Re: No value for lack of feathers
Reply #64
http://www.bio.fsu.edu/James/Ornithological%20Monographs%202009.pdf
233. Manus: pentadactyl (0); digits I, II, III prominent, digits IV and V greatly reduced or absent (1); digits II, III, IV prominent, digits I and V greatly reduced or absent (2); didactyl or with only two well-developed digits (3); reduced to a single digit (4).

What characteristic is comparable to this character in the Brusatte et al study?
I don't believe they include it. So what? Please explain your point? I'm sure there are lots of characters in the James & Pourtless study that they don't include.

Do Pourtless & James include Confusciusornisin their analysis? How do they code it for that character? How do they code Archaeopteryx? How do they code Ichthyornis? How do they code Velociraptor?

So what, indeed.  P & J looked at 221 characters in 79 taxa (242 characters when they included the 21 they chose to omit in their primary analysis).  Brusatte looked at 853 characters in 152 taxa.  Whatever Brusatte left out that P & J included certainly doesn't impugn his results, given how much more thorough his study is relative to P & J's.

Re: No value for lack of feathers
Reply #65
Quote
http://www.bio.fsu.edu/James/Ornithological%20Monographs%202009.pdf
233. Manus: pentadactyl (0); digits I, II, III prominent, digits IV and V greatly reduced or absent (1); digits II, III, IV prominent, digits I and V greatly reduced or absent (2); didactyl or with only two well-developed digits (3); reduced to a single digit (4).

What characteristic is comparable to this character in the Brusatte et al study?

This is a pretty significant characteristic. Surely there must be a comparable character in Brusatte et al.

Every time we look into the details, we find some oddity in the standard accepted dino to bird hypothesis. I am now looking at the "ascending process of the astragalus".

http://www.bio.fsu.edu/James/Ornithological%20Monographs%202009.pdf
The shaded area represents the "ascending process of the astragalus," the homology of which is unclear across these taxa; in birds it may not be an ascending process of the astragalus at all, but rather a descending pretibial ossification (see Appendix 3).

How do Brusatte et al handle the uncertainty about that ossification?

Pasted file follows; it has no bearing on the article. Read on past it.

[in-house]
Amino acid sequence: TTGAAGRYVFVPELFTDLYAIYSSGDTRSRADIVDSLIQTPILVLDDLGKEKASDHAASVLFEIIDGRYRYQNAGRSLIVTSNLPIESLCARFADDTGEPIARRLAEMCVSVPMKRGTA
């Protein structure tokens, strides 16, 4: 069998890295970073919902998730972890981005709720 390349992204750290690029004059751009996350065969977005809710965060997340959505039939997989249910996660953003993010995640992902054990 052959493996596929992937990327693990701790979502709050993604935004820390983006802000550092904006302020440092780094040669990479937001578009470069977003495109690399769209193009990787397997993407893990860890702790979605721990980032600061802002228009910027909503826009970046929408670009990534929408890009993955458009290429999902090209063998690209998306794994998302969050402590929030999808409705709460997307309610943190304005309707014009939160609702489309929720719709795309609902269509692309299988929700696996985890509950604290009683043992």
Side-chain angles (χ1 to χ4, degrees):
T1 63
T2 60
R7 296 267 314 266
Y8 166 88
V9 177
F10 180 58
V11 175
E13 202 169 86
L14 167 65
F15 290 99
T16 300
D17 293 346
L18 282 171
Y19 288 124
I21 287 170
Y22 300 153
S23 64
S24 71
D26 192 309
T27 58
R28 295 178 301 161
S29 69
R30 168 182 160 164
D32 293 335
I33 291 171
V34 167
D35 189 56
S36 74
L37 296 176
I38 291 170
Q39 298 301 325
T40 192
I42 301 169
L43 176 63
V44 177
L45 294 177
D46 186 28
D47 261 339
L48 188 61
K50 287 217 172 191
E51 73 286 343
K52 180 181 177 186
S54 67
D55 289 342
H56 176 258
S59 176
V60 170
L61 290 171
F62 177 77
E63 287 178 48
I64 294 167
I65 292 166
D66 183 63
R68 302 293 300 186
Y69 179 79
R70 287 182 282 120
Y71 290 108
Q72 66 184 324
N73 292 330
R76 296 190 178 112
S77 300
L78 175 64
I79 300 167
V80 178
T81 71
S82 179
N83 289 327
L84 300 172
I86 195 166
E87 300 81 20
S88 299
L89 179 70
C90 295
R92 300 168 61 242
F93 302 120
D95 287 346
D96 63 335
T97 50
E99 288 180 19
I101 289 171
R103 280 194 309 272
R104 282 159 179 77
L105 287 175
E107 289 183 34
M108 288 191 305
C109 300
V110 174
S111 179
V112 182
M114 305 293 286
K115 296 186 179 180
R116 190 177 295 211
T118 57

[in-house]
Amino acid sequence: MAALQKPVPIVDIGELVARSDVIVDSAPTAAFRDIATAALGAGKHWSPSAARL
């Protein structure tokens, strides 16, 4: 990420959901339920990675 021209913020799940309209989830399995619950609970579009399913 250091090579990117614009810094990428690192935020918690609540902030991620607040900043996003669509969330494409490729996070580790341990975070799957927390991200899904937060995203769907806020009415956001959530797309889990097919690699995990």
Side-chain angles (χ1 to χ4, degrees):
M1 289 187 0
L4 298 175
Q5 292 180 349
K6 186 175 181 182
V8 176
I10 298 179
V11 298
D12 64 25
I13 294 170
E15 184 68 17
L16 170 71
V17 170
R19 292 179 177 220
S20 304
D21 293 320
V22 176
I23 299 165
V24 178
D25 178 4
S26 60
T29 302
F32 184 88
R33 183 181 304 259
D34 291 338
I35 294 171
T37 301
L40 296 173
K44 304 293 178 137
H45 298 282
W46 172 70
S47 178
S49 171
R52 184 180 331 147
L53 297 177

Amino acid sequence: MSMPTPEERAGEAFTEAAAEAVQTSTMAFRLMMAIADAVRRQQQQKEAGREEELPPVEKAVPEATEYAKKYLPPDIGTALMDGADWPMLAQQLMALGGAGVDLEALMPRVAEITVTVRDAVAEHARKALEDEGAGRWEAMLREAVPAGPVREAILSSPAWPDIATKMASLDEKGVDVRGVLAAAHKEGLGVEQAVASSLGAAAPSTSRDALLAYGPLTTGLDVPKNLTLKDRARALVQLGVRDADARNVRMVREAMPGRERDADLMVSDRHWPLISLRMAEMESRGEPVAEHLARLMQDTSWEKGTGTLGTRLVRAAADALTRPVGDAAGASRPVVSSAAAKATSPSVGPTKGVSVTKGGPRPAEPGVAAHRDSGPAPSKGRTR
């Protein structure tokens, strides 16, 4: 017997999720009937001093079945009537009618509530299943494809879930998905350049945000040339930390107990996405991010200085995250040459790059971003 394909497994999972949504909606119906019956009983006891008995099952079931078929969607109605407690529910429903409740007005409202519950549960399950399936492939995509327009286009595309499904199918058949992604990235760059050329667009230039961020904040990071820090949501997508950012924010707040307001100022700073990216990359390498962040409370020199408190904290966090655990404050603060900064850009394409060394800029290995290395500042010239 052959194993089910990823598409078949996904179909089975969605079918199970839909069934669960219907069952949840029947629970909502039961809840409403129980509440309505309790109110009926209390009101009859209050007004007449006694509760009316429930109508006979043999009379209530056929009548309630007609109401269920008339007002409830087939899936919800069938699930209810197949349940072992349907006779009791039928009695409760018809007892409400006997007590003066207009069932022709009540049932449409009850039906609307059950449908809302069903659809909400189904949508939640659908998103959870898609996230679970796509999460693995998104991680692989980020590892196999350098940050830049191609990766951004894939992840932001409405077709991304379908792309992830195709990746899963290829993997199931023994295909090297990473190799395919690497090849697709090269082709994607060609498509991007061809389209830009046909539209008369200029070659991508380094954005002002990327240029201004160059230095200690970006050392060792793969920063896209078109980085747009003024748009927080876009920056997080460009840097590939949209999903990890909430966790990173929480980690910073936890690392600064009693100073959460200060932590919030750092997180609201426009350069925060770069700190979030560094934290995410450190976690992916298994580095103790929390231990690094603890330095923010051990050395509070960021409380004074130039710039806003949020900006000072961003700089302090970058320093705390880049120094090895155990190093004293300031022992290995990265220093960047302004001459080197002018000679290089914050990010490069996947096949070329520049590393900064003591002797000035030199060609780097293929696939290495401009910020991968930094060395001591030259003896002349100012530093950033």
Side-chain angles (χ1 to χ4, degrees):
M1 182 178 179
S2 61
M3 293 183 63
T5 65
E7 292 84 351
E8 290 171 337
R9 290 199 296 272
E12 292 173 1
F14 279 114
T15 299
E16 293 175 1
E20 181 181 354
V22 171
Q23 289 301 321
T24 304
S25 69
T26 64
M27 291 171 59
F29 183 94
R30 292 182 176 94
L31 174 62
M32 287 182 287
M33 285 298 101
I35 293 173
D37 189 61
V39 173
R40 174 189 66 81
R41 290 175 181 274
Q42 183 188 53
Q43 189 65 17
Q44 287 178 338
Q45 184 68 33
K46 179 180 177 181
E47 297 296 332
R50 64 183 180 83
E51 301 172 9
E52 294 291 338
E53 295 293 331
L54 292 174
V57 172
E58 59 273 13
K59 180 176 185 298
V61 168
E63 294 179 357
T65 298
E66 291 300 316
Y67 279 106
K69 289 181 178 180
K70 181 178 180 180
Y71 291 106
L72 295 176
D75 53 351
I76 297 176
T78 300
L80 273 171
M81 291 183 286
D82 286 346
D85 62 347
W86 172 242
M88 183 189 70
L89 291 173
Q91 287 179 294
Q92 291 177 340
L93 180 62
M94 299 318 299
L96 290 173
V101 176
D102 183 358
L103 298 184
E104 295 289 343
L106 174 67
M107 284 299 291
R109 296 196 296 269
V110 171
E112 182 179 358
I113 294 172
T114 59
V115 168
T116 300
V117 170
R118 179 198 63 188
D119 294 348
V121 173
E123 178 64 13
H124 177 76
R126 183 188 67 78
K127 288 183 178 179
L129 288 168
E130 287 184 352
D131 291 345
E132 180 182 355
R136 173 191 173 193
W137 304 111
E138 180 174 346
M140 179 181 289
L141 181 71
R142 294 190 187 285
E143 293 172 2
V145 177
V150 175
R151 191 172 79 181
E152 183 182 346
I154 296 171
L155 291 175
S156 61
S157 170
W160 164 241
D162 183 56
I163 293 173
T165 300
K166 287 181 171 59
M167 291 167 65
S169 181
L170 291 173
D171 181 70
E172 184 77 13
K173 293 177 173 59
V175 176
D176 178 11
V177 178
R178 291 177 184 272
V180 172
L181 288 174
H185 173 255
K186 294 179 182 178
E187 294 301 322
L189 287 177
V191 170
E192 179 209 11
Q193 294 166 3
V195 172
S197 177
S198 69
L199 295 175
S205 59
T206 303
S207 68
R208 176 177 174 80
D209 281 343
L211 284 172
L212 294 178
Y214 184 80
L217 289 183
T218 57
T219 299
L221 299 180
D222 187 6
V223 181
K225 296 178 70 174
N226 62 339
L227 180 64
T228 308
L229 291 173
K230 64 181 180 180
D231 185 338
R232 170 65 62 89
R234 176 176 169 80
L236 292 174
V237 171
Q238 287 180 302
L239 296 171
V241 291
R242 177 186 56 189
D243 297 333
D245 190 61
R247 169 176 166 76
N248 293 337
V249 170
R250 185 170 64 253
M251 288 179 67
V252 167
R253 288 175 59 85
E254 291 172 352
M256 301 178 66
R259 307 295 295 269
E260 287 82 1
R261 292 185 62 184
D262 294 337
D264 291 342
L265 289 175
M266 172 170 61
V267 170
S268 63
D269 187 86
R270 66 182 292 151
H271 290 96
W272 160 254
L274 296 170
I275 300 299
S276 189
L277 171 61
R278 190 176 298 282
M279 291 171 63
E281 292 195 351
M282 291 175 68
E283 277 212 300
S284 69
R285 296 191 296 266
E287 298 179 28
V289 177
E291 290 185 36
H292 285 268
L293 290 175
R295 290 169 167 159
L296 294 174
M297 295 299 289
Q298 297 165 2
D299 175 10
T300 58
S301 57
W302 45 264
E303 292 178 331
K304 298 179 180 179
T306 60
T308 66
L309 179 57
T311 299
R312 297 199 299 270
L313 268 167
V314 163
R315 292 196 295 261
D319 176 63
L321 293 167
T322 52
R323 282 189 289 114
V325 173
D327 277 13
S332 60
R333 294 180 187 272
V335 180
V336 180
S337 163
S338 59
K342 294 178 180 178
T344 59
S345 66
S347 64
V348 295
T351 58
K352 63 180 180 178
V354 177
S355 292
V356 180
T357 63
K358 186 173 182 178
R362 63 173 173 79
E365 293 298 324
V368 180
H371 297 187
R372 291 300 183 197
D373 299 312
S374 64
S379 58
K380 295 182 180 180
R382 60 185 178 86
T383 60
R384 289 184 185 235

This is where people here go very quiet. At least James and Pourtless were honest about the uncertainty of certain characteristics. The established researchers/authors do not acknowledge the uncertainty. And interestingly enough, code the characteristics in ways that support the dino to bird theory. But everybody knows this. I am just pointing it out.

I have now covered specifically the manus and the "ascending process of the astragalus".
Here is what is interesting but a fair amount of work:
James and Pourtless are honest and conservative. They point out the uncertainty of a number of characteristics and run their analyses excluding them and then coding them as "?". They found that other hypotheses were as well founded as the dino to bird theory.
It would be interesting to code them with the alternate interpretation and see the result. That is a fair amount of work.

Then do it. What characteristics will you code for?

Care to join in? How would you change the Brusatte et al coding for the alternate interpretation of the "ascending process of the astragalus"? In other words, that it is a descending pretibial ossification.

The Brusatte et al coding is available from a link here:
http://datadryad.org/resource/doi:10.5061/dryad.84t75
http://datadryad.org/bitstream/handle/10255/dryad.69251/BrusatteetalRevisionDryadFile1.docx?sequence=1


Ah, the old Socrates "Do what I want done for me" ploy.  From a guy who claimed this.

 
Now I see the problem. You folks do not know this subject. I have been studying it over the course of the last year and having some discussion with experts. It is not reasonable for me to think you know it.

Not only that, I have the TNT software and have imported the matrix data from the two studies and run them. And then run the bootstrap and jackknife support calculations and got basically the same results as they did. Including the huge polytomy. It is not that I know better than them. It is that I am acknowledging the results that they themselves obtained that they do not acknowledge. But you yourselves can see all this from their own studies - look at the Supplementary Information.


So champ, why don't you do it yourself? 

  • Photon
  • I interfere with myself
Re: No value for lack of feathers
Reply #66
Quote
http://www.bio.fsu.edu/James/Ornithological%20Monographs%202009.pdf
233. Manus: pentadactyl (0); digits I, II, III prominent, digits IV and V greatly reduced or absent (1); digits II, III, IV prominent, digits I and V greatly reduced or absent (2); didactyl or with only two well-developed digits (3); reduced to a single digit (4).

What characteristic is comparable to this character in the Brusatte et al study?

This is a pretty significant characteristic. Surely there must be a comparable character in Brusatte et al.

Every time we look into the details, we find some oddity in the standard accepted dino to bird hypothesis. I am now looking at the "ascending process of the astragalus".

http://www.bio.fsu.edu/James/Ornithological%20Monographs%202009.pdf
The shaded area represents the "ascending process of the astragalus," the homology of which is unclear across these taxa; in birds it may not be an ascending process of the astragalus at all, but rather a descending pretibial ossification (see Appendix 3).

How do Brusatte et al handle the uncertainty about that ossification?

This is where people here go very quiet. At least James and Pourtless were honest about the uncertainty of certain characteristics. The established researchers/authors do not acknowledge the uncertainty. And interestingly enough, code the characteristics in ways that support the dino to bird theory. But everybody knows this. I am just pointing it out.

I have now covered specifically the manus and the "ascending process of the astragalus".
Here is what is interesting but a fair amount of work: